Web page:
pay heed

Source: The Hitavada      Date: 25 Dec 2017 12:36:54

IT IS UNFORTUNATE that hard-boiled politics and politicians have no time to think of issues like welfare of our sporting heroes. Otherwise they would have spared some time from the now routine of chaotic functioning of the august legislative houses to the well-studied speech of the iconic Sachin Tendulkar. The international hero and our own Bharat Ratna Sachin Tendulkar had come to the Rajya Sabha the other day with a well-documented speech, which was bereft of any self-seeking promises from Government and political community but a package for the retiring sporting heroes to make their post-retirement life more comfortable and meaningful, for themselves and for the larger society. 

While citing some examples how former legends and medal winners, who were adored by the nation as national heroes, suddenly found themselves uncared for, neglected, destituted once they were out of action, Sachin’s speech struck an emotional cord. But the members of the Rajya Sabha had neither the time nor the desire to listen to as athletics and sports is not a politically paying thing.


Be that it as it may, but the speech prepared by Sachin Tendulkar, meant to be delivered in the Rajya Sabha, is worth taking serious note of by the larger society. Being an ace sportsperson himself, Sachin knows what it requires to be an individual sportsperson, what sacrifices one has to make, what discipline one is required to be tied to with single-minded focus on the goals to be achieved during one’s athletic career. When the going goes well the sportsperson becomes a national hero, an icon. But soon after he hangs his boots, there is near vacuum in life. Sachin draws attention to this traumatic state of mind that the sportsperson is reduced to after his retirement. And it is at this juncture that he needs the support of the society, the Government, the most. And it is in this situation that Sachin wants the Government to devise policies that will take care of the sportsperson’s after-retirement mental and physical needs.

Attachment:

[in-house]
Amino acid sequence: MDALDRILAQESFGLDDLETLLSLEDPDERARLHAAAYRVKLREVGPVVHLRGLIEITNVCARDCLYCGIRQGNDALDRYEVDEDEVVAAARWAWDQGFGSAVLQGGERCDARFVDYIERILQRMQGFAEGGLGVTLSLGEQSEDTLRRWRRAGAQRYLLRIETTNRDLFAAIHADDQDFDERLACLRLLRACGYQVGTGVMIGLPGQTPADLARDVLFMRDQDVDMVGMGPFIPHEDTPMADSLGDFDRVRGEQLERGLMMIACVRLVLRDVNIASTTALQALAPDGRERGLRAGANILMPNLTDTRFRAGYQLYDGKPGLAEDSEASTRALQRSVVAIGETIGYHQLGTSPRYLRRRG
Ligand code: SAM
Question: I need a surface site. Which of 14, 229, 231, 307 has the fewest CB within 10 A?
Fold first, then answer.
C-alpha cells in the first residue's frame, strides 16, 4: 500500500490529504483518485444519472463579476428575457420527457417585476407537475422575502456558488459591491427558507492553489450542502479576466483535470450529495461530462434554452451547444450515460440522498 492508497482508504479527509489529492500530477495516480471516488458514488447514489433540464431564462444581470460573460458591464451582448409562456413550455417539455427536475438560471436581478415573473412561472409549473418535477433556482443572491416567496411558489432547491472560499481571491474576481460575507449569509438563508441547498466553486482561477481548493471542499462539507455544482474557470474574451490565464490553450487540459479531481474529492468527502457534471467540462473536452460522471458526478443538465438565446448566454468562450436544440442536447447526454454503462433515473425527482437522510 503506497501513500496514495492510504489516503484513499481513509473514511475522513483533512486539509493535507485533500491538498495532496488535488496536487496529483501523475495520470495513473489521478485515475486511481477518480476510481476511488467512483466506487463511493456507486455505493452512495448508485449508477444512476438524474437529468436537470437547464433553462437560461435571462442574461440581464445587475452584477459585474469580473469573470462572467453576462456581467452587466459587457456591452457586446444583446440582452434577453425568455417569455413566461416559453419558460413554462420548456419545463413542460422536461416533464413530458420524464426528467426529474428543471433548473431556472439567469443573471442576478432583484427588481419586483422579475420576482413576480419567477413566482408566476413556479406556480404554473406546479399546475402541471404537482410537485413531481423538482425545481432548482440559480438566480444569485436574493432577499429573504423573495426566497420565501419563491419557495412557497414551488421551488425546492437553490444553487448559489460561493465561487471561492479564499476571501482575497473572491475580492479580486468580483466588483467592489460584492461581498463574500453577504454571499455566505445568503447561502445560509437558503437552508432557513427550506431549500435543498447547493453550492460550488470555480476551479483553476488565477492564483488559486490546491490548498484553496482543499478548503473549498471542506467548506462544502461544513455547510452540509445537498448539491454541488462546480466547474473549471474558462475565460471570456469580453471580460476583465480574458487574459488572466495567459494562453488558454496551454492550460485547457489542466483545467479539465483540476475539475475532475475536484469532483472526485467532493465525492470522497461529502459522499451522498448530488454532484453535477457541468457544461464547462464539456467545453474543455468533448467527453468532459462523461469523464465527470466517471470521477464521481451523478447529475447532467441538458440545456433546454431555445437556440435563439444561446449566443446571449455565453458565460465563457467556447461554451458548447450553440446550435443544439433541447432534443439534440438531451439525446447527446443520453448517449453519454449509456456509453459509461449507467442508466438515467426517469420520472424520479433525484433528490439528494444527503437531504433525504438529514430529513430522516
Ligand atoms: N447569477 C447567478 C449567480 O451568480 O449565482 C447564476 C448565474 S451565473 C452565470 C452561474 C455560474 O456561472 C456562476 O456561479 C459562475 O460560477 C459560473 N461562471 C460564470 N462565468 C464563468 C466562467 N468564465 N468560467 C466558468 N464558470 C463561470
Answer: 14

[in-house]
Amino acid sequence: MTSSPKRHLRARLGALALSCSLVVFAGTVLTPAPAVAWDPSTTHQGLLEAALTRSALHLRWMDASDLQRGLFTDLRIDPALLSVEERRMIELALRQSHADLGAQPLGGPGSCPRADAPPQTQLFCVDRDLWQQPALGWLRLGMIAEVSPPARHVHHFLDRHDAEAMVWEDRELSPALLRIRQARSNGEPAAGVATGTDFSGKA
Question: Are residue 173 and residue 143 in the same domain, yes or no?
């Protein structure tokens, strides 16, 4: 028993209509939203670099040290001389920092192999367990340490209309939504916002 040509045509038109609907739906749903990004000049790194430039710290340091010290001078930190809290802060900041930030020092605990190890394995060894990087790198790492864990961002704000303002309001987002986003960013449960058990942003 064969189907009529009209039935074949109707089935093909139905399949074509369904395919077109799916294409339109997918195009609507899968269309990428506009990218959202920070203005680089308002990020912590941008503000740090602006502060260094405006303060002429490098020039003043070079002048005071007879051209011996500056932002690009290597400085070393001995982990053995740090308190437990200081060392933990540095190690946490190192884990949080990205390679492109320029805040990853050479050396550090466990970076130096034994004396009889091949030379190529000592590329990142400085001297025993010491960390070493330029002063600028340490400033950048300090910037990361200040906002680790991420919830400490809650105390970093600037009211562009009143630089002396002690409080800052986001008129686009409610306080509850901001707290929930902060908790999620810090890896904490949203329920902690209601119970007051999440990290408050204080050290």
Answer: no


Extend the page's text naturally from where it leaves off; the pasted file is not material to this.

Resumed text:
In fact Sachin has suggested that services of these iconic minds, these former heroes can be utilised for grooming of future generations of athletes and sportspersons. They should become integral part of the nation’s sports and even health policy. Sachin has noted that the Government has laid down a policy to reserve job quota for sportsmen in its various departments. While this is welcome, this falls woefully short of the needs. Thus the emphasis should be, while utilising their services to build a strong sports culture, on ensuring financial stability and mental engagement with creative work for them. Such thoughts can come only from a man who has undergone the trial and tribulations of that facet of life and has come out as a trail-blazer.